Shon Bacon is an author, doctoral candidate, editor, and educator. She has published both academically and creatively while also interviewing women writers on her popular blog, ChickLitGurrl: high on LATTES & WRITING. In 2012, her second mystery, Into the Web and her short story "I Wanna Get Off Here" (in the short story collection, The Corner Cafe) were published. Her next release, Saying No to the Big O, will be published in December. You can learn more about Shon's writings at her website, and you can get information about her editorial services at CLG Entertainment. Currently, Shon is busy pursuing her Ph.D. in Technical Communication and Rhetoric at Texas Tech University ... and trying to find the time to WRITE.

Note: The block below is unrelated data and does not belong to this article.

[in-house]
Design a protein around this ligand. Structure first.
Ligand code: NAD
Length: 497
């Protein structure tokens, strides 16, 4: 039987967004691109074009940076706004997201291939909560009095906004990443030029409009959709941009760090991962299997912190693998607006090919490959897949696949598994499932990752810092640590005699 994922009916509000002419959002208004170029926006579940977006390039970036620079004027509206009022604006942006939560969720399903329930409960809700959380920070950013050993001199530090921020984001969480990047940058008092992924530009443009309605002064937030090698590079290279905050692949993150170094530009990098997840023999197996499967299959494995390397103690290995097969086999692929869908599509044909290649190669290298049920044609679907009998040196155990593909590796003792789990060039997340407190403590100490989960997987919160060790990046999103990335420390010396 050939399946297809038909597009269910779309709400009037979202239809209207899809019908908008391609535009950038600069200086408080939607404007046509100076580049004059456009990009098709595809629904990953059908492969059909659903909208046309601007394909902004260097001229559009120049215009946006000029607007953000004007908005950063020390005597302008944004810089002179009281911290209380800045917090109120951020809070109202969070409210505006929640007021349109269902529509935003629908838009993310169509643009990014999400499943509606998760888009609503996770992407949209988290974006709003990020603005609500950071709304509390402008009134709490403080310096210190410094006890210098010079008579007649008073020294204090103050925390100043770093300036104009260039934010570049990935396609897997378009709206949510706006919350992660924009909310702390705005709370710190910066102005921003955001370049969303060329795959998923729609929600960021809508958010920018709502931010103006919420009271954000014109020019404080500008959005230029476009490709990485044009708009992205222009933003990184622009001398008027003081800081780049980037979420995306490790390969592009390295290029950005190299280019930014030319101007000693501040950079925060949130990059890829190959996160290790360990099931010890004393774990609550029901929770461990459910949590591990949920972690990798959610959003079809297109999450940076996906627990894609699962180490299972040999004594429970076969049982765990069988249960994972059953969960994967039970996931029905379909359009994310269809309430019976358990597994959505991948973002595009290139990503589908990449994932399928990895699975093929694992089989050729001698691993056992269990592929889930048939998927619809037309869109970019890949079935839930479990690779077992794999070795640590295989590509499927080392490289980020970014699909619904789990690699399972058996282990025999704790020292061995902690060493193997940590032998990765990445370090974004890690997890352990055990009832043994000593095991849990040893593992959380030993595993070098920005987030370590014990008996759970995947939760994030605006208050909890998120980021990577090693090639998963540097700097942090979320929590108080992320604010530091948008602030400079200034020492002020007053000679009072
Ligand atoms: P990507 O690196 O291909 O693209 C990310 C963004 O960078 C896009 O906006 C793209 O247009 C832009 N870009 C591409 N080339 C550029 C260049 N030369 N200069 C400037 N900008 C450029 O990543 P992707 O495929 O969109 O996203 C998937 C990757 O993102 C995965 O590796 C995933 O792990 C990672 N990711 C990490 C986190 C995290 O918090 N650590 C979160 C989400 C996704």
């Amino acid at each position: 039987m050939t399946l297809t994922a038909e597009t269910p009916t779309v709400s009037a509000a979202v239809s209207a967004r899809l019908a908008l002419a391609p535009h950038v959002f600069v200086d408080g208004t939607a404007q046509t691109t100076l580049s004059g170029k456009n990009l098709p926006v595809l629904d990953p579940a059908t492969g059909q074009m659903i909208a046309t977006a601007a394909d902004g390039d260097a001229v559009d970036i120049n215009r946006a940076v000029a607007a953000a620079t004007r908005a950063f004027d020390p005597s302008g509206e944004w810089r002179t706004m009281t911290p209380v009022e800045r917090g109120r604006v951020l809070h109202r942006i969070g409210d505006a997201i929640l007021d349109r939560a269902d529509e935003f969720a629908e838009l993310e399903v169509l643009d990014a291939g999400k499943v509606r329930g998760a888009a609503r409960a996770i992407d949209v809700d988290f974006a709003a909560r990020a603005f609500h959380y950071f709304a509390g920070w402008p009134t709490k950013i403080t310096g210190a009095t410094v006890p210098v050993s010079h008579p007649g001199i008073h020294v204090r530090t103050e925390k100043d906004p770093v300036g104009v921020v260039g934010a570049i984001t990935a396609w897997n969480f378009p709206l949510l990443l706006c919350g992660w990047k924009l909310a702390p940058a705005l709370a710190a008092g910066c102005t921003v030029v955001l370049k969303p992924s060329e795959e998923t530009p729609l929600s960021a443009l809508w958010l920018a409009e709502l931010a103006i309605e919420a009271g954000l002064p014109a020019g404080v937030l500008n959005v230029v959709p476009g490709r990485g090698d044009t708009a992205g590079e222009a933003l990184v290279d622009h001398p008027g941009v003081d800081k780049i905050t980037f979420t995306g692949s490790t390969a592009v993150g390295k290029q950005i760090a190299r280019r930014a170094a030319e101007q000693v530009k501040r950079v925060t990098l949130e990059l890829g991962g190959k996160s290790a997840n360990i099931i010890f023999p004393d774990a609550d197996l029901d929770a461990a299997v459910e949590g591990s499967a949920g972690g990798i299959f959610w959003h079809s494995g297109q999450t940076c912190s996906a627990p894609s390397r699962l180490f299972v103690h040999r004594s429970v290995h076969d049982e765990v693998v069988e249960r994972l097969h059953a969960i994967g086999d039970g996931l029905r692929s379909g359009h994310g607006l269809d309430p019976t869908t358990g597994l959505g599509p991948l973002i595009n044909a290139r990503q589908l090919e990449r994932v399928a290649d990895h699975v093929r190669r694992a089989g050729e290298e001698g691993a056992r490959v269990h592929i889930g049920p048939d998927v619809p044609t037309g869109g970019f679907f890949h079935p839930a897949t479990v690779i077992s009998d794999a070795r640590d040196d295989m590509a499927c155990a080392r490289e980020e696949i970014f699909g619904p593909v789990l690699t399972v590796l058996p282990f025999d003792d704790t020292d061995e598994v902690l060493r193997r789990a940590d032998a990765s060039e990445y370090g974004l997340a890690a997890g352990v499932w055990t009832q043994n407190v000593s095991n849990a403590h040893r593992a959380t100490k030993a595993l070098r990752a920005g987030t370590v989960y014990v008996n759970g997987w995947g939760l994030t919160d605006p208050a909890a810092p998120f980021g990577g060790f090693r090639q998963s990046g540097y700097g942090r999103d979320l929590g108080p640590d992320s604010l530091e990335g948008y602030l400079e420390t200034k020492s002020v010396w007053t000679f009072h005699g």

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  1. Three excellent suggestions, Shon, that have worth well beyond the scope of NaNoWriMo.

  2. Great advice here, especially that to take a break and spend a little time getting to know your character. I also like the idea of not necessarily working chronologically . Perfect timing for your post! Thanks! :)

  3. My wife tells me that at a minute after midnight on November 1, I was snoring so loudly that I woke her up ... I'll have to take her word for it, because I was sleeping so soundly that I don't remember.

  4. Thanks, Kathryn and Edith. :-)

    I have to say that the last one is me this NaNo cycle. There's a pull in another direction, and instead of beating my head against a wall, I'm going to focus on the story that wants my attention!